How To Draft an Epic CV Part 2

1. Template for the interview.

Whilst preparing for an interview is a whole different ball game, the CV you draft will, to some extent be the template for the interview. Be sure that you really can talk confidently and expertly about everything on your CV. Don't get caught out on old jobs or old deals. You should be able to talk for a good few minutes on every bullet point, so don't put something down that you can't backup.

2. Ignore the rule of 1 or 2 pages.

There is a myth when it comes to CV drafting that it should only be 1 or 2 pages. The UK and London Legal market does not subscribe to this. The more detail you put on the CV the better. We can always chop it down if it needs it. As a rule of thumb, you should aim to create between 2-4 pages. If you go over that, don't worry. If you are more junior i.e. a newly qualified solicitor or in the early years of your career, then make sure your training contract and current experience is sufficiently detailed. More experienced lawyers can pick and choose the relevant deals or cases they want to showcase.

3. Don't be afraid to have a couple of versions.

We do find that for those lawyers who have unusual backgrounds or fall into more than one category (i.e. do both corporate and IP for example) that it is sometimes worth drafting two separate versions of your CV. Each version can then focus more specifically on either corporate or IP. Of course, it depends on the role that you are applying for. We can talk you through this.

4. Tailor it to the particular role.

If there is a job spec, then it is worth tailoring your CV to make sure that you highlight that you have the relevant and required skills and experience outlined in the spec.

5. Remember to highlight soft skills.

The experience section of your CV is going to be key to whether you get the role but it is also worth highlighting that you have good Microsoft Word skills or that you know your way around a time recording system. However, this should be a small section and not the first thing that the partner or HR professional reads.

6. Assertive and positive language. 

As is the case with the interview, where possible you should use positive and assertive language in your CV. Be upbeat and ensure that you demonstrate that you were a lead on a particular deal or that you were responsible for drafting a key document. Be succinct and to the point.

7. Don't forget to put down your interests.

HR professionals and Partners will want to know that you have interests and skills outside the office. It makes you human. Whilst not for everyone, outdoor pursuits and interests are always a good way of demonstrating a healthy and active lifestyle. If possible, avoid passive hobbies or certainly limit them.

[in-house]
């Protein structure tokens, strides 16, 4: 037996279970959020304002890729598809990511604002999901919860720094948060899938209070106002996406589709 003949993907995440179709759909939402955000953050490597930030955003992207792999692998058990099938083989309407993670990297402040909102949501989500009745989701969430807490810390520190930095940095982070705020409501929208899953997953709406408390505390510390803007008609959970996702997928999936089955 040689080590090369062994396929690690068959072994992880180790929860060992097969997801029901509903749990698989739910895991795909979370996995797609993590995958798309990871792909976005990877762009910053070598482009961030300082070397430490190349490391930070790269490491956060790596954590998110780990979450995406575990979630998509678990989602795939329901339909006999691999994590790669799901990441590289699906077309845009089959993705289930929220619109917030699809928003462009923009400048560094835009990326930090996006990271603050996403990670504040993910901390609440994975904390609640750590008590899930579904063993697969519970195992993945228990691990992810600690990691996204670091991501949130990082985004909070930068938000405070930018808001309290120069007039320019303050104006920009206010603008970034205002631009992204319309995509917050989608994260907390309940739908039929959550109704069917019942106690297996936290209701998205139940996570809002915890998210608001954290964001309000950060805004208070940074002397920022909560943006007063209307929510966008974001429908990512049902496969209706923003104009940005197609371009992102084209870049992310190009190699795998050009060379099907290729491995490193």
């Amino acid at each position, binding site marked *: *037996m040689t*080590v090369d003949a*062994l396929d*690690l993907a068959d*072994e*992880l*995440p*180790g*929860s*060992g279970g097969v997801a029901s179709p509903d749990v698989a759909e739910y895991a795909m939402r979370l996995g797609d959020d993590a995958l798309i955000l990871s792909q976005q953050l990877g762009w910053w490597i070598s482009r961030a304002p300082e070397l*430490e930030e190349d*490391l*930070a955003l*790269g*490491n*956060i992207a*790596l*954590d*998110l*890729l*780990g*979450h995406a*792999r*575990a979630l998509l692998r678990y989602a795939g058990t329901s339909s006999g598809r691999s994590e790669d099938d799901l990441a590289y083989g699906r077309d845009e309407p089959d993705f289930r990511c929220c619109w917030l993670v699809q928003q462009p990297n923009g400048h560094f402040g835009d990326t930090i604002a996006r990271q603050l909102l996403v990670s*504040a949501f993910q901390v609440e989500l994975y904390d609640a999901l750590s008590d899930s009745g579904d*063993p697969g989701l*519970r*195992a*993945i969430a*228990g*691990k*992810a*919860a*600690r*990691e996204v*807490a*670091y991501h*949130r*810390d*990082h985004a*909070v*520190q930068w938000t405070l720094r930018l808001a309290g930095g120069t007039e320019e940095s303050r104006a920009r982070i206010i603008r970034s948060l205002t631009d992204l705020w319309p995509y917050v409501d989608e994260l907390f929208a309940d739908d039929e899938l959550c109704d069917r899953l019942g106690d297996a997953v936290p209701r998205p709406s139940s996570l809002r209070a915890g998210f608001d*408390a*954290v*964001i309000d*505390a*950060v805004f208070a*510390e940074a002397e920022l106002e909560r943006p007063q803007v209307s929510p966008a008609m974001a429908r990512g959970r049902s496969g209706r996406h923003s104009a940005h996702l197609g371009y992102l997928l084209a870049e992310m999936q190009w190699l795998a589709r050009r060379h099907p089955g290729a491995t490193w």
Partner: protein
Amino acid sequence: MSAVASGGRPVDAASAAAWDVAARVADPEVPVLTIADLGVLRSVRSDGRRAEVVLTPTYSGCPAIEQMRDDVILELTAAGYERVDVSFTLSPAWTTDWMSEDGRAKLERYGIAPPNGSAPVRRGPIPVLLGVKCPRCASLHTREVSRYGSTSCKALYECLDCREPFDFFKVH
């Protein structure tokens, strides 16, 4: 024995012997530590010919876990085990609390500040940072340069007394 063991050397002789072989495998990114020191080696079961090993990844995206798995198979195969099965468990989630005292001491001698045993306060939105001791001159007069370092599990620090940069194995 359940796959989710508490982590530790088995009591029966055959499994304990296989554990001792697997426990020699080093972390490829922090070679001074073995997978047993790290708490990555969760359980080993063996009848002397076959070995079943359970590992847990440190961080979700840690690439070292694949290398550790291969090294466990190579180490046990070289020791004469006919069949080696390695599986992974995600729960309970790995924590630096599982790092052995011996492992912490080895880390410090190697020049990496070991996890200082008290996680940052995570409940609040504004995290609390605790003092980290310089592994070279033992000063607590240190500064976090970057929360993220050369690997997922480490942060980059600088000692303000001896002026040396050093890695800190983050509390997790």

8. Business development and marketing initiatives.

The modern day lawyer is expected to be a lot of things - technically gifted, entrepreneurial, commercially-minded, natural business developer, networker and team player. The business development skill is important because it demonstrates that one day you will be able to bring business into the firm. It shows that you get how a partner is expected to build a practice. If you have spent time presenting, writing, blogging, networking, speaking at seminars or wining and dining clients then you should ensure that you mention this on your CV.

9. We will put the CV into house style but you are responsible for the content.

We will rely on you to ensure that the specifics of your cases or deals are properly explained and accurate. We can question things and make sure that they read correctly but ultimately, you are responsible for the content so ensure that you make the most of it.

10. Partner points.

Partner CVs are generally similar to associates except that they should outline the basics of your following at or near the top of the CV and where appropriate they should show clients and basic relationships. You will have to draft a separate business plan but the CV should give an initial indication of your experience and your following and should be treated as the opening document.

11. References.

It is always worth stating who your referees are going to be. It is usual to highlight a partner or HR professional from your current firm and your previous firm (if there is one). It is standard for references to be taken up at the end of a job application process, so the referees you give will not be contacted until after you have resigned.

CaterJay Legal | Legal Job Agency in London